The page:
A paper titled “Safety Culture among Private and Professional Drivers in Norway and Greece: Examining the Influence of National Road Safety Culture” authored by Tor-Olav Nævestad, Alexandra Laiou, Ross O. Phillips, Torkel Bjørnskau and George Yannis is now published in Safety Journal. This study investigates road safety culture (RSC) as an explanation for this discrepancy by: (1) Comparing the road safety behaviours among professional and private drivers in Norway and Greece, (2) Examining factors influencing road safety behaviours, focusing especially on national road safety culture, and (3) Examining the influence of road safety behaviours and other factors (e.g., demographic and work-related variables) on accident involvement. The results indicate that aggressive violations are more similar among private and professional drivers within the national samples, than across the national samples, while seat belt use seems to vary according to the professional versus private dimension.
The European Transport Safety Council (ETSC) has published the 37th PIN Flash Report “How to improve urban road safety in the EU“, with the active contribution of NTUA. This Report analyses the latest data urban road safety across the EU and other countries that form part of the ETSC Road Safety Performance Index (PIN) programme, and it conclude with more than twenty main recommendations for action at EU. It is highlighted that the problems can be addressed with the right political leadership, resources and energy. But while the EU, national governments and other actors can help provide the knowledge, finance and guidelines to implement the necessary changes, it will often be up to local authorities to implement them effectively. A comprehensive infographic depicts current urban road safety in Europe, with Pedestrians, Motorcyclists and Cyclists accounting for 70% of all urban road fatalities.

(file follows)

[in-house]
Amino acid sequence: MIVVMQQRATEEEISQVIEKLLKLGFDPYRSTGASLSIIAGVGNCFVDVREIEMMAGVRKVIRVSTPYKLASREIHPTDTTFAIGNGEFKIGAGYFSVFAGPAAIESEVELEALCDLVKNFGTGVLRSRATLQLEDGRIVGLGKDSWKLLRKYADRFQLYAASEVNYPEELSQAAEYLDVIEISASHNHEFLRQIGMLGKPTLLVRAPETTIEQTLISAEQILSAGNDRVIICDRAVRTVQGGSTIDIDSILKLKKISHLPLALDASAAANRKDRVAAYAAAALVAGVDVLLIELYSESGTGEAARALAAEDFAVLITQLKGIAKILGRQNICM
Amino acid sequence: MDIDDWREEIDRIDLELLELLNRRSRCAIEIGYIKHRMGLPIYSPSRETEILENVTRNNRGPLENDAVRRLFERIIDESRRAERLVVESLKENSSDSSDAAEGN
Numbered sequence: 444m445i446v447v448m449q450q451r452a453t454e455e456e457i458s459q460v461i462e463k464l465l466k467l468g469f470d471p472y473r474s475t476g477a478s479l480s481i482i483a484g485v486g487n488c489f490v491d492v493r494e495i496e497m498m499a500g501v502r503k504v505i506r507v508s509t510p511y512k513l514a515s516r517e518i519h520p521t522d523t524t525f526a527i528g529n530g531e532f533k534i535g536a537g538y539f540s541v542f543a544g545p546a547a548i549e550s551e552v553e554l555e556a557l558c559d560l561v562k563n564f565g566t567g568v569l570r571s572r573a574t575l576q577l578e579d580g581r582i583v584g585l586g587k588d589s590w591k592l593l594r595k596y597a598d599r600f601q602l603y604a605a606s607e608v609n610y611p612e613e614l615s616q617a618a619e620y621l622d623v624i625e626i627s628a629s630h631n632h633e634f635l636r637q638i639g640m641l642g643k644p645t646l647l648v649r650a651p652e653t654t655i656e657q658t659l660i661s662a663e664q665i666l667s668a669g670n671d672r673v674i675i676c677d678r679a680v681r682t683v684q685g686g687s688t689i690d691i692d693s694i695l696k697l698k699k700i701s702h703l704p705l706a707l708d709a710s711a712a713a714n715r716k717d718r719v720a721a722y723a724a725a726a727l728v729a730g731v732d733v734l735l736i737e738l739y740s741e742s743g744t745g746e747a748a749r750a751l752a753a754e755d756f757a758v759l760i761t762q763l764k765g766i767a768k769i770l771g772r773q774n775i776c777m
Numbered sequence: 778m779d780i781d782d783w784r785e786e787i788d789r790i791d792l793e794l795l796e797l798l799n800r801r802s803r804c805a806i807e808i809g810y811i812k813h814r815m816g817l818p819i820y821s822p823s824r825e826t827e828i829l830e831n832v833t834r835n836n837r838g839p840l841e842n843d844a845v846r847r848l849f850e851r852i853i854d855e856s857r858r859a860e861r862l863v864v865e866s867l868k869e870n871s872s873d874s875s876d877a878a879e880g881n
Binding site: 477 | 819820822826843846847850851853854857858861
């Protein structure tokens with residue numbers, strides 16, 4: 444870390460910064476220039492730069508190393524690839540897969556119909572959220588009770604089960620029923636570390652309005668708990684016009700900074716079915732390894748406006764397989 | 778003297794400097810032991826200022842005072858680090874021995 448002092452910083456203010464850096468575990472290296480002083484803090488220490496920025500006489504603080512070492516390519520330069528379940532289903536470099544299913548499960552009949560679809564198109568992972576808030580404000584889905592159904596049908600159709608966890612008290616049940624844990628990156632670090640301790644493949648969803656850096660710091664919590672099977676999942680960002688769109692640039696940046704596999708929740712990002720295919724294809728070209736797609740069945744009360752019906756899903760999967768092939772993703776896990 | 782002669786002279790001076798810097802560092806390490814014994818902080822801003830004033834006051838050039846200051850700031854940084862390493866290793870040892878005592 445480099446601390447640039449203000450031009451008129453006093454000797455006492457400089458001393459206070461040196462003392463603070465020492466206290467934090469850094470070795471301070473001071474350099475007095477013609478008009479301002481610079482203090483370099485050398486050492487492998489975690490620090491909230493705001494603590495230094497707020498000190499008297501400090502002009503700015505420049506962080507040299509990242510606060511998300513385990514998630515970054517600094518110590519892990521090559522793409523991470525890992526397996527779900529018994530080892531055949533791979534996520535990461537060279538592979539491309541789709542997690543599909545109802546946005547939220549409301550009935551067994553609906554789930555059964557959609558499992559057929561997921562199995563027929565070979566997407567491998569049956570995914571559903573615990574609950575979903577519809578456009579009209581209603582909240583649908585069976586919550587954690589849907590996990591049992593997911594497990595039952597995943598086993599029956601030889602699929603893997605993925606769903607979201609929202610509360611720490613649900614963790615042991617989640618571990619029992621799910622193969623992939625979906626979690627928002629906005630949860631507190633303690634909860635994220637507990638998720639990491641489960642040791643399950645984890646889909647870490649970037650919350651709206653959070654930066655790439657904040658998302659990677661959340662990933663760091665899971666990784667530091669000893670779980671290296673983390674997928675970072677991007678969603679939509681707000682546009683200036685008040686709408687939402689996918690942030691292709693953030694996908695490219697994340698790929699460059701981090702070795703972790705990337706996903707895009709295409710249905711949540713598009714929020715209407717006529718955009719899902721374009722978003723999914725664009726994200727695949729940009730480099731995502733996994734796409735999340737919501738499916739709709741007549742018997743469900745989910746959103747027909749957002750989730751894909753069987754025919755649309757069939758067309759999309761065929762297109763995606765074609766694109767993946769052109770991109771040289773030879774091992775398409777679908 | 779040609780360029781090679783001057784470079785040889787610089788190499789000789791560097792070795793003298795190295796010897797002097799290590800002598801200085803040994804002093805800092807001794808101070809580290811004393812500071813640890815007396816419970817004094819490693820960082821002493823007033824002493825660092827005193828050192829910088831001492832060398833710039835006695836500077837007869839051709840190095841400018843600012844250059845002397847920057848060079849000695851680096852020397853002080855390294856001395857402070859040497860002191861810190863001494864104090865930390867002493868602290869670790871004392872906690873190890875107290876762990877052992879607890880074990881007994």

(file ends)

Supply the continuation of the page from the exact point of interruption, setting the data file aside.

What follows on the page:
The International Transport Forum (ITF/OECD) published recently a new Report: “New Directions for Data-Driven Transport Safety”, with the active contribution of NTUA. This Report explores how seamless data collection, analysis and sharing can unlock innovations in transport safety. Very often most interventions to improve transport safety are reactions to incidents. However lately, connected vehicles, smartphone apps, ubiquitous sensors, data sharing and machine learning make proactive transport safety interventions possible and prevent crashes before they happen. Drawing on the Safe System approach, this Report examines how transport stakeholders can make better decisions by using more relevant and timely new safety data.
Make Roads Safe Hellas in collaboration with the National Technical University of Athens, the University of Macedonia, the University of the Aegean, the Hellenic Open University and EASST, released a report titled: “International Tourism and Road Safety in Greece, Country Report 2019”. Make Roads Safe Hellas is a Non-Profit Organisation promoting road safety in Greece which hopes to gain momentum from their study and build support for the establishment of a Safe Tourism Network to ensure that road safety for tourists and travellers is given adequate attention, not just in Greece but across the globe. The Report is based on a survey of almost 1,500 international tourists visiting Athens, Chania, and Thessaloniki in 2018, as well on recent accident statistics from ELSTAT.
The European Road Transport Research Advisory Council (ERTRAC) has published the “Safe Road Transport Roadmap – Towards Vision Zero: Roads without Victims”, with the active contribution of NTUA. The main objective of this ERTRAC roadmap is to provide a joint stakeholder view on the road safety research needs in Europe. The roadmap is based on the current state of the art and the identified challenges to reach the ambitious goals set for the EU. In this roadmap, ERTRAC proposes a set of eleven high priority road safety research and innovation needs, which should be implemented by providing ample room for citizens and road users themselves to engage.
The European Commission’s Directorate General for Mobility and Transport (DG Move) published a Report titled: “Transport in the European Union: Current Trends and Issues“. The Report sets out the key trends and issues for the single European transport area, the development of a safe transport infrastructure network across EU countries, and the external costs of transport, accompanied with the respective country analyses. Special emphasis is given to the consequences of road accidents.